Current conflicts in religion and politics help answer, “Why now?” Armies need recruits. The stalemated abortion wars stimulate few new partisans. But entrepreneurs can exploit homosexuality. Ralph Reed, former head of the Christian Coalition, himself nervous about how well the issue will play, comments on Janet L. Folger. Reed calls her “an ideological entrepreneur”--she knows how to pick hot issues early. Folger’s Center for Reclaiming America is the nerve center behind controversial “pro-ex-gay” newspaper ads. Folger and her allies raise passions that rouse partisans on both sides to get involved.
National and denominational parties need causes to fight about. Their movements may have gods, but they certainly need devils. This conflict that threatens to pull parties and denominations apart also curiously holds them together, at least temporarily, as they contend for control.
Here’s another reason: In our time, as people seek and fear freedom, they concentrate on sexuality--the zone of conflict on which all are expert. What is closer to me than my sexual dimension? Who is more nervous about any unfamiliar and thus threatening ways of life? Conversely, who is more ready for liberating change than I--if I want to change? You cannot get a fight over doctrines like the Trinity in most churches. But sexual issues are close to home and heart. And, whether I am gay, nongay or antigay, I will pick a fight if someone different upsets me.
Partisans take no prisoners. If you don’t support homosexual rights and lifestyles in state and church, you will be called a homophobe or an unloving and unliberated Christian. But if you do, you are a bad citizen, a bad believer.
Wars of attrition eventually wind down. But the immediate future on this front is not bright. Pro-gay church people chide their fellow congregants to treat this cause as they did civil-rights causes. But too many believers and voters do not see the two as comparable. Martin Luther King Jr. and his company of preachers dealt with an informed, conscience-stricken public--one that biblical and democratic texts and beliefs had convinced to work for just laws. In the current case, those minds and consciences are unready or still disagreeing. While texts, traditions and taboos trouble them as they make up their minds, they do not want to be dismissed as homophobes in the cases where they are not.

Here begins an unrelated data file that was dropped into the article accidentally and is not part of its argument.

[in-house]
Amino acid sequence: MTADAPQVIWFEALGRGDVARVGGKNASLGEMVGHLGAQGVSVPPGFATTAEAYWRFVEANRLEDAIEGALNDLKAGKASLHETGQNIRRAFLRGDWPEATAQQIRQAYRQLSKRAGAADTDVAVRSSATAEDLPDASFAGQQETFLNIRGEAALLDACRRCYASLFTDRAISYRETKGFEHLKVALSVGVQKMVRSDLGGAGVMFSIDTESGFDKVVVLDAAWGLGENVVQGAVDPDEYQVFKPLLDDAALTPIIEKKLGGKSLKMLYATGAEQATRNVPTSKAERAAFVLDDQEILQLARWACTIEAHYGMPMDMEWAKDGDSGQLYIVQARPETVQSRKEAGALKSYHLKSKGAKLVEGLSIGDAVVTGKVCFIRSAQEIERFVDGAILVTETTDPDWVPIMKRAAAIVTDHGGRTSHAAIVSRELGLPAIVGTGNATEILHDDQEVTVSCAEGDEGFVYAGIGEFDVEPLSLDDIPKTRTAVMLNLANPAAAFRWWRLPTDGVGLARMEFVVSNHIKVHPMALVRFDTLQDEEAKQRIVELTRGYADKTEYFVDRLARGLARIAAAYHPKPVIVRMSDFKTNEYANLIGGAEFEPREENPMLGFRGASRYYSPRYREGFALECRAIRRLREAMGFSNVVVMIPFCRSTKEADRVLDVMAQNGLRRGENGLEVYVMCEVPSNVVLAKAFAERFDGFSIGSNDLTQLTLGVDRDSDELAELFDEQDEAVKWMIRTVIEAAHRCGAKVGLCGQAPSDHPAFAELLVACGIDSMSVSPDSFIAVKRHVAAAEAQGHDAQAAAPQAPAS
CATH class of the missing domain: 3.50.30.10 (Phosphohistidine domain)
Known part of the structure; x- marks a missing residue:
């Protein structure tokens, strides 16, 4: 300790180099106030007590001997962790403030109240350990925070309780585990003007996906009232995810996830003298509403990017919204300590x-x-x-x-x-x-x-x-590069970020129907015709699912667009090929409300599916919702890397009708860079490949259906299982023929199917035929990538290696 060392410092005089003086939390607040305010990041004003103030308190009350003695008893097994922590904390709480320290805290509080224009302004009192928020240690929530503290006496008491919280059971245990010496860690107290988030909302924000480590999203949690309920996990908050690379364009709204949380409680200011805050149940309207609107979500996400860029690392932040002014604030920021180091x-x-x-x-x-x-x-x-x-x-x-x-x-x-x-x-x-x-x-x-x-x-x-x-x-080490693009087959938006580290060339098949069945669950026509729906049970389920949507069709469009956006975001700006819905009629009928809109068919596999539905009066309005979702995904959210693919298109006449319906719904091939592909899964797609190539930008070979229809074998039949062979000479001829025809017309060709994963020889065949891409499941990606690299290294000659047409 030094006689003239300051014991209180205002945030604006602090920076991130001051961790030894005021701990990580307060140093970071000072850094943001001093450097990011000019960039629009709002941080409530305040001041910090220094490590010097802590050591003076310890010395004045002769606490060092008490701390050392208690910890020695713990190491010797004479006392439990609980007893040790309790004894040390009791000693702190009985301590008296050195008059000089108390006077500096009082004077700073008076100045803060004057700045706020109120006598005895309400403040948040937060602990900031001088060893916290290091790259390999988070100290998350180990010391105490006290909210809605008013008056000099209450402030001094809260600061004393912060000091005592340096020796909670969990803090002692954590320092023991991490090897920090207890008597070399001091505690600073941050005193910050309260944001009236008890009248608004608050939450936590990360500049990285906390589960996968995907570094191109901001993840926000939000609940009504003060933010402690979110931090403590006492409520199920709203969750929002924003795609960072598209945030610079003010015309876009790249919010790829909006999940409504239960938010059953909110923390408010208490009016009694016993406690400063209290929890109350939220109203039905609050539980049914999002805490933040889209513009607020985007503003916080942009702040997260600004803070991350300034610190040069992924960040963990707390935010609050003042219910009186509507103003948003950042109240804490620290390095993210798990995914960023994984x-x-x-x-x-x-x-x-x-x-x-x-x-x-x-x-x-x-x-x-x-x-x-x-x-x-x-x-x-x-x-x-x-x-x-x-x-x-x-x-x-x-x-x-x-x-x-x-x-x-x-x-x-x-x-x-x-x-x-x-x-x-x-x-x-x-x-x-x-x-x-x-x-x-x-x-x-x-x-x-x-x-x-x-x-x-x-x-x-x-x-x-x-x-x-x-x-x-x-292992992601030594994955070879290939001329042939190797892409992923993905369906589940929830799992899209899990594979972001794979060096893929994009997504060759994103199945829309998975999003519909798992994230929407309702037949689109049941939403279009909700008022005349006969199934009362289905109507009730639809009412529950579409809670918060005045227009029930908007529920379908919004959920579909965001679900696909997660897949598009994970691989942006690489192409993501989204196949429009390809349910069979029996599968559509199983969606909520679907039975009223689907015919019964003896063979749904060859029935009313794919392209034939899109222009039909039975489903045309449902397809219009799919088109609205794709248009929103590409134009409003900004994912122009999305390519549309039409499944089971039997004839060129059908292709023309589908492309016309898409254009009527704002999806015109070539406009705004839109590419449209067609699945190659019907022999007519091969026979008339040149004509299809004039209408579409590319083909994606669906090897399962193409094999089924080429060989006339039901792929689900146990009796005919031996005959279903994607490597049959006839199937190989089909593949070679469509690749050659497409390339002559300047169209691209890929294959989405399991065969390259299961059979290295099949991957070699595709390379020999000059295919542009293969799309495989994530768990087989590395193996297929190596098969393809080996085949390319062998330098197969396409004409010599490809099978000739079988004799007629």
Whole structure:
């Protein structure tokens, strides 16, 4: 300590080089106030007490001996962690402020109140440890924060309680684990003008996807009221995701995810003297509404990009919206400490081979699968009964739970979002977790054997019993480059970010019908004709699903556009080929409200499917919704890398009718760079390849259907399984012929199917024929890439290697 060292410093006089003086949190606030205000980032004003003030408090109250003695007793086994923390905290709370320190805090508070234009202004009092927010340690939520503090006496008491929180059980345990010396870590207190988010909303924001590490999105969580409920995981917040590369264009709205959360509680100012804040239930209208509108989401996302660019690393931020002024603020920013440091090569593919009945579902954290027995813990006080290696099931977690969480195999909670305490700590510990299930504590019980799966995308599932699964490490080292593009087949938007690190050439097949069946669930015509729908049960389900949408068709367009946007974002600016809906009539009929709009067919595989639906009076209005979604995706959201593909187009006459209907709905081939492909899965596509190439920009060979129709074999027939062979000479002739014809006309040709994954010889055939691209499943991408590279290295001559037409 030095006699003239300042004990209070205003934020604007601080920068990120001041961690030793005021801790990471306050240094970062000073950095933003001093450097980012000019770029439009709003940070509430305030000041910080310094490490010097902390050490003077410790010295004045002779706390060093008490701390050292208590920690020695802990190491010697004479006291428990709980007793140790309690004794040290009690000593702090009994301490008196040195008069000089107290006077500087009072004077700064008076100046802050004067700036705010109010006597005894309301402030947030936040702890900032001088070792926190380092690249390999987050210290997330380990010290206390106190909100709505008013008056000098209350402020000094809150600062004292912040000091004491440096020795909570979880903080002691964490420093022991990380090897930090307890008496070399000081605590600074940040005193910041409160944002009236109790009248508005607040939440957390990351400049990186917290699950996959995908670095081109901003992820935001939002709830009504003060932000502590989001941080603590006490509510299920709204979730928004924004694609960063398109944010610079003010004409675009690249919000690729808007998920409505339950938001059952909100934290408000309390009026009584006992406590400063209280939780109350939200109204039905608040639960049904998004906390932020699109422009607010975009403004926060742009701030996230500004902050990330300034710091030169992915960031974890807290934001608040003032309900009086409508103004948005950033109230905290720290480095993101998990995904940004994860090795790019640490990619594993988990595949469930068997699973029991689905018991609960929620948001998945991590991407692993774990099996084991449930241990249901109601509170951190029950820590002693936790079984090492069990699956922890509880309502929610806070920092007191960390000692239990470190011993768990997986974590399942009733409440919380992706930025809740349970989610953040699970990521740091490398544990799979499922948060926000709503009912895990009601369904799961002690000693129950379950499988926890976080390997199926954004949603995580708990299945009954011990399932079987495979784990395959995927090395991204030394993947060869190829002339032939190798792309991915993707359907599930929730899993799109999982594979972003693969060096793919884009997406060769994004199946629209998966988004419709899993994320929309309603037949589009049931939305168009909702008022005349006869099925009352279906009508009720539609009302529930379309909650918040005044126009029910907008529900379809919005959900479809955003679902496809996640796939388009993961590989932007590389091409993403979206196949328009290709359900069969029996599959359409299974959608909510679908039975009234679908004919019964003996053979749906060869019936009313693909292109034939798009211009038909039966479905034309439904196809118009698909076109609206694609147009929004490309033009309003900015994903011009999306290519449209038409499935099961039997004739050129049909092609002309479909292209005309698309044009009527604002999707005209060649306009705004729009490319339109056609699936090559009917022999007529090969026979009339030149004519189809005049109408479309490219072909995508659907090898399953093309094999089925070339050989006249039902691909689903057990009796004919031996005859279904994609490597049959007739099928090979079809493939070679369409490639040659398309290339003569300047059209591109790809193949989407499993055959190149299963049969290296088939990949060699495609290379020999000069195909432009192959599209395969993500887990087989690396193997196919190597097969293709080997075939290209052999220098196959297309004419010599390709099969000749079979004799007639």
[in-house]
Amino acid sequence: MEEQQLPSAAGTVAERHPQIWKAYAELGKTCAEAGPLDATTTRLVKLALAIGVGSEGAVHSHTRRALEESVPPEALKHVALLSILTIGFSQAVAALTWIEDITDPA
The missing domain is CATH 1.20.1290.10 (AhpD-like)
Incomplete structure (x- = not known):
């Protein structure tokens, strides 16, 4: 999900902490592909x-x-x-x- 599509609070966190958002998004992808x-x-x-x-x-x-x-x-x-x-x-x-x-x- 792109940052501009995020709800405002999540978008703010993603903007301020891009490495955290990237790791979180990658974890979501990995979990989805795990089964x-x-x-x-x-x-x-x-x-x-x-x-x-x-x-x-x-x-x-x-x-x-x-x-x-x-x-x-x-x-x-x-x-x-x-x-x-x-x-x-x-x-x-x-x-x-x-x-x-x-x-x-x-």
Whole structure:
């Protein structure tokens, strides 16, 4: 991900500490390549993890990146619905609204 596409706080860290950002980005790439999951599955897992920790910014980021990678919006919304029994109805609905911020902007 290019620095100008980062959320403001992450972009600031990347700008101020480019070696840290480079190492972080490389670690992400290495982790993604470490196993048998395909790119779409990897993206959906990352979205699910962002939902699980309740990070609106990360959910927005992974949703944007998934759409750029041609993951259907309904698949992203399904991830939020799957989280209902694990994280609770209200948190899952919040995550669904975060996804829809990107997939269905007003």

A shelf-full of books arguing, as one title does, that “Religion Is a Queer Thing,” depict the agonies of gays who find the “hate the sin, love the sinner” approach hateful and condescending. They, too, appeal to the Bible in their demands for justice, but have not yet convinced enough people to act; and when they are too militant, they alienate.
Are there any distant white flags signaling truce? Some day, in politics and the churches, more will find common ground in the Bible, if only literalists turn more consistent and their opponents do not sound dismissive of inconvenient texts. Or perhaps more Christians will notice that not only pro-gay but antigay forces in the secular culture are influencing their actions. It is likely that as a scientific consensus grows that “the choice to be homosexual” is not purely choice and that the vast majority of “ex-gay” efforts fail and are destructive, affirmation will grow--or at least the distorting ads for these efforts will stop.
It may be that the large majority who now duck for cover or head for the sidelines when militants fire away will find a voice. It should be that, as the uncertain majority of heterosexuals get to know and love their gay and lesbian fellow-believers, they will be more empathic, less ready to use slogans. It may even be that the “hate the sin, love the sinner” crowd can come to the point of realizing that loving the sinner begins with listening to him or her, and hearing, as if for the first time, his or her witness as citizen and believer. Then constructive action might begin to follow. One hopes.